Stay hungry; Stay foolish. ~Steve Jobs (1955-2011)
I’ve been quiet lately on the blogging and social media fronts–attending to a number of matters, including over-due computer tune-ups, an intensive job search, and in between, some well-earned self- and family-maintenance.
But it’s impossible to hear the news of Steve Job’s passing, without marking it here. If I ever questioned the value or purpose of blogging and social networking in my own life, I think it became clear to me last night, when I was able to vicariously share online the outpouring of sadness over Steve Jobs’ death and the admiration so many feel for the legacy he leaves behind. Last night, I keenly felt the gift my blog and social networking presence on Twitter remain to me—by being able to avail myself so quickly to such an immediate public platform—lifting up my own voice, within such a connected, often vibrant community– in praise of such a sheer creative force. And in so doing, to do my small part to observe and carry on, all that legacy means.
It was a moment where whatever our differences, many of us came together to salute the spirit of innovation, which Steve Jobs represents. And more than that—the courage and dignity by which he faced his own failures and mortality—how he saw these conditions, as the best drivers to making our time here mean something…and as a challenge to each one of us, to continue to live up to our own personal gifts.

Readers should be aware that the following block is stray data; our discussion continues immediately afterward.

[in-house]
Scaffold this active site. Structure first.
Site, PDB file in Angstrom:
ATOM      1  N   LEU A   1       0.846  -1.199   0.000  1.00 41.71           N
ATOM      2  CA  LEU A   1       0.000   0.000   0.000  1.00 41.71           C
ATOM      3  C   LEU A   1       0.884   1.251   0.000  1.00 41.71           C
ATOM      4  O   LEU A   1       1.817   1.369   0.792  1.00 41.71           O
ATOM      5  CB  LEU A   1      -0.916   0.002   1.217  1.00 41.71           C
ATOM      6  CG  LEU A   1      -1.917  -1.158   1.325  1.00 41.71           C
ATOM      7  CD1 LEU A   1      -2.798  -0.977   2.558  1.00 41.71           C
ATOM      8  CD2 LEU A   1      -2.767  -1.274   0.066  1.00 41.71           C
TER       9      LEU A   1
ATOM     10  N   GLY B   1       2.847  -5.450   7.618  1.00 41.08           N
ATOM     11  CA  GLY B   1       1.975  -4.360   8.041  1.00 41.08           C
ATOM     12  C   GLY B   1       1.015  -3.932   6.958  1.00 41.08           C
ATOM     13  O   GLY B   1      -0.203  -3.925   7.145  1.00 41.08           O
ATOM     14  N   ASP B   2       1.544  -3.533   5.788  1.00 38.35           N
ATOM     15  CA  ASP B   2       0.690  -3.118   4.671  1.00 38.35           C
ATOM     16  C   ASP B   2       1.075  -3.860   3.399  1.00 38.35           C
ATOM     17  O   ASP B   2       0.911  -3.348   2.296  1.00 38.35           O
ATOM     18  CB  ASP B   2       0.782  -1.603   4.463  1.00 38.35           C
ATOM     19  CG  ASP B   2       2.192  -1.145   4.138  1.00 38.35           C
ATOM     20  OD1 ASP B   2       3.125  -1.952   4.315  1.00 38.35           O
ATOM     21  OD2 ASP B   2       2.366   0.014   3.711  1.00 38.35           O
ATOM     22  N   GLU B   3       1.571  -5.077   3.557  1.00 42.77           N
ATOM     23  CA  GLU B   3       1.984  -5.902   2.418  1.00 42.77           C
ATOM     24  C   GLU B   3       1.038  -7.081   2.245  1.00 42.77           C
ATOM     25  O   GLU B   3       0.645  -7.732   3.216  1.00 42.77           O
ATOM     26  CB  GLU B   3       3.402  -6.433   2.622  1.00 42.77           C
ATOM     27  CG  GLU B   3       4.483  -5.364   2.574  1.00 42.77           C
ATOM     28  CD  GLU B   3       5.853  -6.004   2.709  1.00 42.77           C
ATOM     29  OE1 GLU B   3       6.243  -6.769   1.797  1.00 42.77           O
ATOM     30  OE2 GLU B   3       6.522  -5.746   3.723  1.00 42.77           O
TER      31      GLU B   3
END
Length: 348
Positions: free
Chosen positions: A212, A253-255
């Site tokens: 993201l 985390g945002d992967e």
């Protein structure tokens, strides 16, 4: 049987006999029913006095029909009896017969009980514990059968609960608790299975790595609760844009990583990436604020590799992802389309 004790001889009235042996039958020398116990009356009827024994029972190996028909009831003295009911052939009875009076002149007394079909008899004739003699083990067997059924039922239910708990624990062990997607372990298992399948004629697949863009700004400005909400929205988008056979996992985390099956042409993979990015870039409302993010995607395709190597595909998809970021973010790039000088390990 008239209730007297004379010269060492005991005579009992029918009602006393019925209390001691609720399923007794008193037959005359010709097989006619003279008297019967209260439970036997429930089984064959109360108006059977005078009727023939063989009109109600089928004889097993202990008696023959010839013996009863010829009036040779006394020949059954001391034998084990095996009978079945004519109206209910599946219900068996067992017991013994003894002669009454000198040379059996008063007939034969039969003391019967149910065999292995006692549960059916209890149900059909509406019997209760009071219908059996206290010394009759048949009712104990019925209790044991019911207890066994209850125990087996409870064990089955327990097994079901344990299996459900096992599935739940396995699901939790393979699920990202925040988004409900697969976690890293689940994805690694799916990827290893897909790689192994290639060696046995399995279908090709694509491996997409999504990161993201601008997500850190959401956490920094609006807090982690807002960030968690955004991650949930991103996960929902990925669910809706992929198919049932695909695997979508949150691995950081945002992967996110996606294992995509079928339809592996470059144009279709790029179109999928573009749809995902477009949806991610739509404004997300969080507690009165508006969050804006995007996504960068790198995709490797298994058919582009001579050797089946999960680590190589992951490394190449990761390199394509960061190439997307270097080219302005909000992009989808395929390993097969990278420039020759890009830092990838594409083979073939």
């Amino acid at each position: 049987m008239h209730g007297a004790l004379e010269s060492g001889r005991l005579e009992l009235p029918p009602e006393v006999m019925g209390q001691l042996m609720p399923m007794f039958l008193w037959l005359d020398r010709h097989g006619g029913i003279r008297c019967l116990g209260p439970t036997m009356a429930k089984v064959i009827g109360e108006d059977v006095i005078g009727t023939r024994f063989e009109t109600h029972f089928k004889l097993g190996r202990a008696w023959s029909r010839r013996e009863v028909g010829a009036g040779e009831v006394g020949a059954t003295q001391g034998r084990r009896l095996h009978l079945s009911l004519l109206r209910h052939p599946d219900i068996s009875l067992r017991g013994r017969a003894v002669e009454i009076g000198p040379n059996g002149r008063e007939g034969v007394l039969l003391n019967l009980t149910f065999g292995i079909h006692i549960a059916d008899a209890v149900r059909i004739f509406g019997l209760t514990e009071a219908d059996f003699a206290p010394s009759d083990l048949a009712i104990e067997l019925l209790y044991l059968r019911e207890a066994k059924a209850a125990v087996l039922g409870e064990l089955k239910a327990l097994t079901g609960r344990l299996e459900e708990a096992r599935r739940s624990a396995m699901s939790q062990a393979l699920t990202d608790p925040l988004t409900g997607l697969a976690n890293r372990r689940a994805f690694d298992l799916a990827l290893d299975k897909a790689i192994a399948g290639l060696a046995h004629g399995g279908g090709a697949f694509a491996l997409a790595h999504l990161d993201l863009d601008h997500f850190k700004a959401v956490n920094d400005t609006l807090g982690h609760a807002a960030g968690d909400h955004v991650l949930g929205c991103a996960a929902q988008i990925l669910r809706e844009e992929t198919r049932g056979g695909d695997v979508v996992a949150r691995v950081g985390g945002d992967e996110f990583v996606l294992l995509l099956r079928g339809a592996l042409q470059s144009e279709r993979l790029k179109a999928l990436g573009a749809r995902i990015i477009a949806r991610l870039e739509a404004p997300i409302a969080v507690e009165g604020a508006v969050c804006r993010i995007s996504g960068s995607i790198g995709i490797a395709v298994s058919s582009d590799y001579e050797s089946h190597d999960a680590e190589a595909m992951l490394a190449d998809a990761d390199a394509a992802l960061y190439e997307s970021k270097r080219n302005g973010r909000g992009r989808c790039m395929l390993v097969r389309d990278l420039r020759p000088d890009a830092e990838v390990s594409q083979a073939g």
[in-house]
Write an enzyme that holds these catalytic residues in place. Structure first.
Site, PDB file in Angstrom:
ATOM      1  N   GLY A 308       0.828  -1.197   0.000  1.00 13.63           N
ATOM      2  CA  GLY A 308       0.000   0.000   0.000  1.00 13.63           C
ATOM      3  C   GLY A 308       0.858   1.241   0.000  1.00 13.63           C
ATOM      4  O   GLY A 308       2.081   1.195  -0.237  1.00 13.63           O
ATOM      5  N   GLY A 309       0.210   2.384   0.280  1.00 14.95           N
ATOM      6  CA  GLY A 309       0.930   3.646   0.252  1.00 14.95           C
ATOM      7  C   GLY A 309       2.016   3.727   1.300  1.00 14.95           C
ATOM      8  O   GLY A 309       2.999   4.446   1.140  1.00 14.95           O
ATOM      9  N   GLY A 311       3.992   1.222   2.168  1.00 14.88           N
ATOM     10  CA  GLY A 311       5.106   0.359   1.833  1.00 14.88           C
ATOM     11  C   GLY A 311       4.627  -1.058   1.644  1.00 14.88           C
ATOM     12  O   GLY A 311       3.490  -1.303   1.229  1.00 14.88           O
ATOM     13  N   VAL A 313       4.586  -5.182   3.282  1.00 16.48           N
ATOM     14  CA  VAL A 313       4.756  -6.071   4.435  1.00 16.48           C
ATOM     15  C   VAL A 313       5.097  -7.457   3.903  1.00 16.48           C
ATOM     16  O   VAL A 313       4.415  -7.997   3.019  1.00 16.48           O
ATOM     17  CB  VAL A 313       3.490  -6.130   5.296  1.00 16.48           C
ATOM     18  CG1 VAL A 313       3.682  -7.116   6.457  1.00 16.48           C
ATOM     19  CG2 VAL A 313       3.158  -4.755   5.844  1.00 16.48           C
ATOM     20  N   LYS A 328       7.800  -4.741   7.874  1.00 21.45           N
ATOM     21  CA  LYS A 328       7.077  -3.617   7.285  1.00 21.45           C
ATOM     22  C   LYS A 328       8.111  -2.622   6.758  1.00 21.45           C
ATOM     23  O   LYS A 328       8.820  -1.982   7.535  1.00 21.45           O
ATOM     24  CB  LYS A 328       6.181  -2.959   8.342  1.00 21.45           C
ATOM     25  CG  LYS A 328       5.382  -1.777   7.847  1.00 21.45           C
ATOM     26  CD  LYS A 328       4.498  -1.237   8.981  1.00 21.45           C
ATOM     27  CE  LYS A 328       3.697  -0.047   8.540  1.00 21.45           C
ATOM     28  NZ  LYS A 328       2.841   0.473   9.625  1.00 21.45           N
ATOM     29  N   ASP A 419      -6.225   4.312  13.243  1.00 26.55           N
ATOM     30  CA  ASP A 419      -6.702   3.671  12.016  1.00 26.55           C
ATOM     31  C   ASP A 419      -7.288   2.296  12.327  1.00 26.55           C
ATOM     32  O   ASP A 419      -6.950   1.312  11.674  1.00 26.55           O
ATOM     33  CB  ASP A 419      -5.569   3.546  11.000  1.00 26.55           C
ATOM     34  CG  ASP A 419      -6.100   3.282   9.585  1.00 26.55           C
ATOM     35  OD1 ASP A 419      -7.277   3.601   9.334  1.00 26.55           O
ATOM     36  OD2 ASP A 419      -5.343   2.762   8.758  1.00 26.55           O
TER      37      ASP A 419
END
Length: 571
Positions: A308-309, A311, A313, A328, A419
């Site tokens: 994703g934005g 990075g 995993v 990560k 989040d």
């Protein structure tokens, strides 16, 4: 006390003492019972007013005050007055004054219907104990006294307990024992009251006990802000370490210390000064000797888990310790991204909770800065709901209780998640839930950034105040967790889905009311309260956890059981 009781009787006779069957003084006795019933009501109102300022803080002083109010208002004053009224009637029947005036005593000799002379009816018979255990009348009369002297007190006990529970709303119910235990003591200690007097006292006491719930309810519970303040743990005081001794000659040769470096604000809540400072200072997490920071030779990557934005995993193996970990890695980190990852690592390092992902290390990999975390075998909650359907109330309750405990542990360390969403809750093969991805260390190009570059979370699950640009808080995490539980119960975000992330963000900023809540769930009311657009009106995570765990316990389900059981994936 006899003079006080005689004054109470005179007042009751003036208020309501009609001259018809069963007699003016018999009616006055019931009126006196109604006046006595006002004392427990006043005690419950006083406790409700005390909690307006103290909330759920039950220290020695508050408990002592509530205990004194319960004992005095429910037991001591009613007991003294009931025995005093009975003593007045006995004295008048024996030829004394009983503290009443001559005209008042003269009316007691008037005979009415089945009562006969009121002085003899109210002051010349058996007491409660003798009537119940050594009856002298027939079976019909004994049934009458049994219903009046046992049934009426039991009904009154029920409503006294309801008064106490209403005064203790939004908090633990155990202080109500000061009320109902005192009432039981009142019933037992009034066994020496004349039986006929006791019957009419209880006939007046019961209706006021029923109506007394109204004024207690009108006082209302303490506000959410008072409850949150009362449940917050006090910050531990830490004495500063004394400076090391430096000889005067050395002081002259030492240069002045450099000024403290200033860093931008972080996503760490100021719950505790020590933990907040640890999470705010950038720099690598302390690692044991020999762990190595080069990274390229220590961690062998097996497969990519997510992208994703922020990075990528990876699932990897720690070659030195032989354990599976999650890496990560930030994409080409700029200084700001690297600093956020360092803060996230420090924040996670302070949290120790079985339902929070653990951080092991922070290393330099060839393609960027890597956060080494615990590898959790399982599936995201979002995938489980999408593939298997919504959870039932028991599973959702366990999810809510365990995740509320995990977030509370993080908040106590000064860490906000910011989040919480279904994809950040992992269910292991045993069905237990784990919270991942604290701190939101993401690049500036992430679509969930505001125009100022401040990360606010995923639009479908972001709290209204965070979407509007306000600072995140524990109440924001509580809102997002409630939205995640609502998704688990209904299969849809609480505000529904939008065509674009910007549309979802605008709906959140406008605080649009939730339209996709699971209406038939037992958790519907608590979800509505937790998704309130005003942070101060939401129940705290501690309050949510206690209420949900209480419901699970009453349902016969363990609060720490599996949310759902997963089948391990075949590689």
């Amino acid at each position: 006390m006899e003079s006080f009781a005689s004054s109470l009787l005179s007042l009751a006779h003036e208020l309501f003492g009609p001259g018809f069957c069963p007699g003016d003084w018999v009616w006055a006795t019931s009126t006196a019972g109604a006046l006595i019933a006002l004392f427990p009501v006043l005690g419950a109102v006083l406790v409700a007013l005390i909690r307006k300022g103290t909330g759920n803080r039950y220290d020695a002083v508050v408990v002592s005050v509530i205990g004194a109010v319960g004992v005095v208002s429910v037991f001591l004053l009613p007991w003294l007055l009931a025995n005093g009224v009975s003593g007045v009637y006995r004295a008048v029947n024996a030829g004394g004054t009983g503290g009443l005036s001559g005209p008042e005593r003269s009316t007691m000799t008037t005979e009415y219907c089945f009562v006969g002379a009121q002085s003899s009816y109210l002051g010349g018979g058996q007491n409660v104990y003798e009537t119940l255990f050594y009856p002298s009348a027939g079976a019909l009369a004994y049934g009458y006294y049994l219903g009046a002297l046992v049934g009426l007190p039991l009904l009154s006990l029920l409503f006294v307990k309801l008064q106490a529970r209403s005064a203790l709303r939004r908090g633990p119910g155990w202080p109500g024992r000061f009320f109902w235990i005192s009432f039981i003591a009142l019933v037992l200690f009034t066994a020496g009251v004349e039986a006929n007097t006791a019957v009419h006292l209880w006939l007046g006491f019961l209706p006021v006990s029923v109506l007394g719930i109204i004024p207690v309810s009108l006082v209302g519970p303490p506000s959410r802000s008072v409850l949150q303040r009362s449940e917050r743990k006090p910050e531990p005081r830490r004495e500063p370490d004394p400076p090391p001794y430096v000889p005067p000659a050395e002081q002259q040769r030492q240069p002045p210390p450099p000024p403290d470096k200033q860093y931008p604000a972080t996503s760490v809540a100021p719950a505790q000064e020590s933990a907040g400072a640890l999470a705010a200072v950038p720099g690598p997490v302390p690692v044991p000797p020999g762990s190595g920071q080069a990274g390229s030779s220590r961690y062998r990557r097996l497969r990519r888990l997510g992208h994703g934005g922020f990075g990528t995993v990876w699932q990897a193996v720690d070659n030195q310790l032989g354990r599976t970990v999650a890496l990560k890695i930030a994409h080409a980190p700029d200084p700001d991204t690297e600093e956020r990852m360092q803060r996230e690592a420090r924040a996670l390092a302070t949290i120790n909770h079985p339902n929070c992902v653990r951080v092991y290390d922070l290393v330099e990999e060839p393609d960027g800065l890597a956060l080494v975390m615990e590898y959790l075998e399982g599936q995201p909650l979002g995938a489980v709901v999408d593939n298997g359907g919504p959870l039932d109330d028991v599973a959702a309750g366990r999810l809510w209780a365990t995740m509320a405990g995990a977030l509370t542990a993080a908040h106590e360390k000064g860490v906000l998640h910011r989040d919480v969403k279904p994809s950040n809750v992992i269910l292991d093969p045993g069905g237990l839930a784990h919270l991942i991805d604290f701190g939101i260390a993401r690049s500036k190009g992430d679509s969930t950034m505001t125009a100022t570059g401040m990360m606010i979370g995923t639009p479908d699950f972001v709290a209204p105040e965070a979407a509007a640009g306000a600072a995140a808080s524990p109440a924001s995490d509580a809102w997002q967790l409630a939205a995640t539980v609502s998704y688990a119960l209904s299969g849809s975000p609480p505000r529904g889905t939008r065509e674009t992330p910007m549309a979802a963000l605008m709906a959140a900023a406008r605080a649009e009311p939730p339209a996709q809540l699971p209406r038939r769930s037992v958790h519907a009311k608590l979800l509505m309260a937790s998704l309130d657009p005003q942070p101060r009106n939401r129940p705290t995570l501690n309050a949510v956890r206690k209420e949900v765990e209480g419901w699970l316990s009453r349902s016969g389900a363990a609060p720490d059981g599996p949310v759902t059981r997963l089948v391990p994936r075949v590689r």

For me, Jobs’ life and work represent many of the themes I’ve been exploring personally and at this blog, especially on transformational leadership, to date, mainly from a technical writer’s vantage point, but with implications for whatever paths we respectively travel.
I take as a strong inspiration, Jobs’ integrative vision:
It’s in Apple’s DNA that technology alone is not enough—it’s technology married with liberal arts, married with the humanities, that yields us the result that makes our heart sing, and nowhere is that more true than in these post-PC devices.
Until last night, I’d never heard in its entirety Jobs’ 2005 Commencement address at Stanford University, but I ‘m glad I can refer to it, as a writer, and much more so as a person, for those times which inevitably arise for all of us, when we need the reminder to remain true to our own voices.
Your time is limited, so don’t waste it living someone else’s life. Don’t be trapped by dogma – which is living with the results of other people’s thinking. Don’t let the noise of other’s opinions drown out your own inner voice. And most important, have the courage to follow your heart and intuition. They somehow already know what you truly want to become. Everything else is secondary.